Carl and Ingrid's Story


Ingrid Gardiner was just 51 when she died in October 2017 after spending the last six weeks of her life at the Hospice. Here, her husband Carl, 54, talks about Ing’s illness and how the Hospice has supported the whole family…


“Ing and I had been together for 27 years and all her life she’d been a runner, jogging 4-6k every day of the week, playing football in the Raiders Ladies team, never smoking, hardly drinking. She was really fit and healthy.

Ing with Raiders LadiesBut in May 2014, at the age of 47, she went for a routine mammogram at the mobile screening unit in Berkhamsted where they discovered a 4.7cm lump in her breast.

We were horrified but within a few weeks, she’d had successful surgery to remove the lump, which was stage 2 breast cancer. A few weeks later, they found some leakage to her lymph nodes and she needed axillary clearance but when oncocyte testing showed the likelihood of the cancer recurring was very low, she decided not to have chemotherapy and within a couple of months, she was looking amazing in her bikini on a family holiday to Zakynthos with our son Louis, who was 12 at the time.

It was at the end of 2015 that she started having problems running, complaining of pain in her hips and pelvis. It didn’t occur to us that anything was seriously wrong, we just thought she’d overdone the training, but when physio didn’t help and the pain got worse, we called the oncology team at Mount Vernon.

They immediately got her in for CT and MRI scans and in February 2016 we were told the devastating news that the cancer had spread to her bones and liver and it was terminal. The average prognosis for metastatic breast cancer was 23 months, they said. Devastation just doesn’t cover it. I don’t know how I drove us home without crashing.

They sent us home laden with painkillers, anti-sickness drugs and a leaflet about The Hospice of St Francis’ Spring Centre and it all began – starting with ten days of emergency targeted radiotherapy on her spine, hospital appointments, blood tests and more scans.

From working as a sound engineer and travelling the country, I became her carer.

Initially the hardest task was trying to keep track of all her new medications: she couldn’t keep any of them down, so knowing what she’d absorbed and whether to re-administer them was a real headache.

I was on the phone the whole time just trying to manage this poor girl. I felt stuck and quite isolated and by April 2016, she’d lost a lot of weight and was going downhill fast. Our GP referred us to the Hospice. Fay, from the Hospice’s community nursing team, came to see Ing at home to assess her and within days, she was admitted as an inpatient to try to get on top of her symptoms.

I was in such desperate straits it was just nice to have someone to pick me up - it felt like finally someone was on my side. It was such a lovely place – everyone was so kind and Ing had her own private room with views onto beautiful gardens. They tweaked her drugs, which they administered through syringe drivers, meaning she could keep them down. She could also eat again and keep food down – all of which had a stabilising effect.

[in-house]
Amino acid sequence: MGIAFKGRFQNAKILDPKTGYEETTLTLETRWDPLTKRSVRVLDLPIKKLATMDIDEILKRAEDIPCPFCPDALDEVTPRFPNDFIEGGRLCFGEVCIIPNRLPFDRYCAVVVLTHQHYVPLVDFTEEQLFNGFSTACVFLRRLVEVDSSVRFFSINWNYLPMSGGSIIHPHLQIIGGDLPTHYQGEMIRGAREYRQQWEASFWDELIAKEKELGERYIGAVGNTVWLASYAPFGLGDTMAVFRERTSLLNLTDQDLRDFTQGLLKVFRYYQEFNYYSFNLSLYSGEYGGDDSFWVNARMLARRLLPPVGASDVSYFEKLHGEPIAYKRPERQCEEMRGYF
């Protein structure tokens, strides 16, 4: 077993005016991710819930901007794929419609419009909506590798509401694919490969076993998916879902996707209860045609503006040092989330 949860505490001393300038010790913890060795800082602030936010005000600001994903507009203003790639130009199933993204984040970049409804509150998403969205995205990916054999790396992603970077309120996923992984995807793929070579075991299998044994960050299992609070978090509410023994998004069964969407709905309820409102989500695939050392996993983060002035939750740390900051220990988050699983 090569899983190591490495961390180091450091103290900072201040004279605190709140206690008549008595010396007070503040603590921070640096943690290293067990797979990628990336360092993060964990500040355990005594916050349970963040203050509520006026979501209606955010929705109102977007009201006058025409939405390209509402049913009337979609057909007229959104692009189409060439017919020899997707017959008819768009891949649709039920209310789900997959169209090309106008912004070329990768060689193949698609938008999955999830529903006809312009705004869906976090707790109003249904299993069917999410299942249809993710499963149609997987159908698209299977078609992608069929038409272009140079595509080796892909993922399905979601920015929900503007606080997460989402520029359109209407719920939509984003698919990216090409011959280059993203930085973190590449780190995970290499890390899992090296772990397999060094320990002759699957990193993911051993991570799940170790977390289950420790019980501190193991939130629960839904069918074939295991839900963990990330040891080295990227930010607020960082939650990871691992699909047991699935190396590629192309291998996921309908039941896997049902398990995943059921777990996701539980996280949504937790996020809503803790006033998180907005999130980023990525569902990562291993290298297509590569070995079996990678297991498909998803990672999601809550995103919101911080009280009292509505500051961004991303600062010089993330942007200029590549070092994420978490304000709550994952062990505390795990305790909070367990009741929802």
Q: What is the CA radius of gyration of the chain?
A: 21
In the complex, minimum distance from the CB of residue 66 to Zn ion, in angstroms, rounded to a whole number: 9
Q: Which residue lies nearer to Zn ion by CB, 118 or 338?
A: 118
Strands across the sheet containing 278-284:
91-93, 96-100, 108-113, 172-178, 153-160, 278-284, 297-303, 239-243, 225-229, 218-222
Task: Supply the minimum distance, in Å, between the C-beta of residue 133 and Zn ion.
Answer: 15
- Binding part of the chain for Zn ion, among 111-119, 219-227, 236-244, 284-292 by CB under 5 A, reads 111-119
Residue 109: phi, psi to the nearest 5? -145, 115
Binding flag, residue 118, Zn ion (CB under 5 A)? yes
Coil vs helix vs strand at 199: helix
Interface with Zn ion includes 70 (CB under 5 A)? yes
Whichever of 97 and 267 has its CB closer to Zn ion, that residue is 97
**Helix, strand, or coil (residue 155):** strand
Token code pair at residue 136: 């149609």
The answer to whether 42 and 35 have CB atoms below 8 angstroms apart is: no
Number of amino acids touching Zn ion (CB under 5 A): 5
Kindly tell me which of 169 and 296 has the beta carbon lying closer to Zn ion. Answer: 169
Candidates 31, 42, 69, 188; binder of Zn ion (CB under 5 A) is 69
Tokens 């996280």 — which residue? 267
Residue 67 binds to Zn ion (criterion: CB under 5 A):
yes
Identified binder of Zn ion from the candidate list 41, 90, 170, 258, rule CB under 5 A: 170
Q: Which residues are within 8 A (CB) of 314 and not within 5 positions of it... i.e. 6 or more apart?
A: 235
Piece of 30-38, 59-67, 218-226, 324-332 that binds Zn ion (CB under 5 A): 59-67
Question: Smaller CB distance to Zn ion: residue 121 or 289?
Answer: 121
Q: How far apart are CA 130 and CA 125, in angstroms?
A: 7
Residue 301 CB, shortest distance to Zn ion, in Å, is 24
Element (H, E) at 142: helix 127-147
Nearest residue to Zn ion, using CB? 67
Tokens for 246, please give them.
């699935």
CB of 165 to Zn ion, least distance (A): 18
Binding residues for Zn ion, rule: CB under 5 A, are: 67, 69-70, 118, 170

Six weeks later, they turned her new drug regime into pill form and she was able to come home. Having had so many people to call before, now there was just one – Caroline, Ing’s Clinical Nurse Specialist and she’d call the GP or Ing’s consultant and because Caroline’s Caroline and spoke in clinical terms, they’d listen.

The drugs kept everything at bay, some of the tumours even started to shrink and life went on for a year. We decided to go veggie as Ing’s system seemed to cope better without meat. She joined the Hospice’s Spring Centre Nordic Walking group, had relaxing aromatherapy massage and attended the Hospice’s Mindfulness classes, which all helped her stay positive.

Ing walking in the bluebells about 5 months before she diedThen, a scan at the beginning of 2017 revealed lots of other new little cancer speckles all over her liver. She decided to try chemotherapy as she thought she might buy some time with Louis, but straight away she had such a violent reaction and was very ill. She didn’t want to go out, she didn’t want to see anyone.

In the July, she went into a tail spin, being violently sick, feeling dizzy and nauseous and was in and out of hospital. She came up to the Hospice for a short stay for couple of weeks in an attempt to stabilise her but once back home again, the symptoms just got worse.

While she was at the Hospice, I was put in touch with the Hospice’s Carers’ Support team, who suggested I get some counselling and I started seeing one of the Hospice’s psychotherapists, Charulata, who I really liked. The whole experience is incredibly isolating and even though you are with a partner, your role changes. You change from husband to carer so to have someone to talk to was very useful.